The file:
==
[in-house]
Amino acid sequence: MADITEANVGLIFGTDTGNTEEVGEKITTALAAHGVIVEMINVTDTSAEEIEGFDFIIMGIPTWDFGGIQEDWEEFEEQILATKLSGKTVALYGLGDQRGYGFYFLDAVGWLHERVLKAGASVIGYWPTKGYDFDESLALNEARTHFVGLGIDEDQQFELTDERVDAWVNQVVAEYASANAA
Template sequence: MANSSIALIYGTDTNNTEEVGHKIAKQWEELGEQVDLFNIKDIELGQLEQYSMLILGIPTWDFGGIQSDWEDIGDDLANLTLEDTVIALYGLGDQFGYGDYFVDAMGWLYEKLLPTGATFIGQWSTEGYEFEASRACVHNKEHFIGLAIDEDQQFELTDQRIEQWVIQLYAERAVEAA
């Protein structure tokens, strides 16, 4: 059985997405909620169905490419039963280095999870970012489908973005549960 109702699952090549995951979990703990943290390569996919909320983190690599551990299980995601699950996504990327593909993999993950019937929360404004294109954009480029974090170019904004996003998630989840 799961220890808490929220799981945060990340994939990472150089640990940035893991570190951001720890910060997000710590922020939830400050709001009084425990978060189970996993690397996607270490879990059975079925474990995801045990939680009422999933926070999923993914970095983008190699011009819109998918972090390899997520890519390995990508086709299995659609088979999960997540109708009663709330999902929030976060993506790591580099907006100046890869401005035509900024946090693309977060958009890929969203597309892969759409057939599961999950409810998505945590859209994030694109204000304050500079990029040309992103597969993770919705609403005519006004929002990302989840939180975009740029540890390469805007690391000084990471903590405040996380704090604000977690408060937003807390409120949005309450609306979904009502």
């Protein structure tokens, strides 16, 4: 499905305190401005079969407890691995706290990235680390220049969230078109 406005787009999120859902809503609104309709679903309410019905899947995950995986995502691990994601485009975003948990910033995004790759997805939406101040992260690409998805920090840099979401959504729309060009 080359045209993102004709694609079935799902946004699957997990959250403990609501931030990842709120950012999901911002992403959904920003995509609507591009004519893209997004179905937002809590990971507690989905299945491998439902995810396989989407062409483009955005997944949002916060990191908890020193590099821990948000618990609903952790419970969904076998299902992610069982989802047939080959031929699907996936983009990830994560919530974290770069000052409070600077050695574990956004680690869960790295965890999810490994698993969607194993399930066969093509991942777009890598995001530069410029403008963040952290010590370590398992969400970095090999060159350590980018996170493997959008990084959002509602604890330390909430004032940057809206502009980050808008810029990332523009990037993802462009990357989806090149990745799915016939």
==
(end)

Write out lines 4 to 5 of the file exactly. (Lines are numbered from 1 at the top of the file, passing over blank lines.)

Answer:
């Protein structure tokens, strides 16, 4: 059985997405909620169905490419039963280095999870970012489908973005549960 109702699952090549995951979990703990943290390569996919909320983190690599551990299980995601699950996504990327593909993999993950019937929360404004294109954009480029974090170019904004996003998630989840 799961220890808490929220799981945060990340994939990472150089640990940035893991570190951001720890910060997000710590922020939830400050709001009084425990978060189970996993690397996607270490879990059975079925474990995801045990939680009422999933926070999923993914970095983008190699011009819109998918972090390899997520890519390995990508086709299995659609088979999960997540109708009663709330999902929030976060993506790591580099907006100046890869401005035509900024946090693309977060958009890929969203597309892969759409057939599961999950409810998505945590859209994030694109204000304050500079990029040309992103597969993770919705609403005519006004929002990302989840939180975009740029540890390469805007690391000084990471903590405040996380704090604000977690408060937003807390409120949005309450609306979904009502």
């Protein structure tokens, strides 16, 4: 499905305190401005079969407890691995706290990235680390220049969230078109 406005787009999120859902809503609104309709679903309410019905899947995950995986995502691990994601485009975003948990910033995004790759997805939406101040992260690409998805920090840099979401959504729309060009 080359045209993102004709694609079935799902946004699957997990959250403990609501931030990842709120950012999901911002992403959904920003995509609507591009004519893209997004179905937002809590990971507690989905299945491998439902995810396989989407062409483009955005997944949002916060990191908890020193590099821990948000618990609903952790419970969904076998299902992610069982989802047939080959031929699907996936983009990830994560919530974290770069000052409070600077050695574990956004680690869960790295965890999810490994698993969607194993399930066969093509991942777009890598995001530069410029403008963040952290010590370590398992969400970095090999060159350590980018996170493997959008990084959002509602604890330390909430004032940057809206502009980050808008810029990332523009990037993802462009990357989806090149990745799915016939």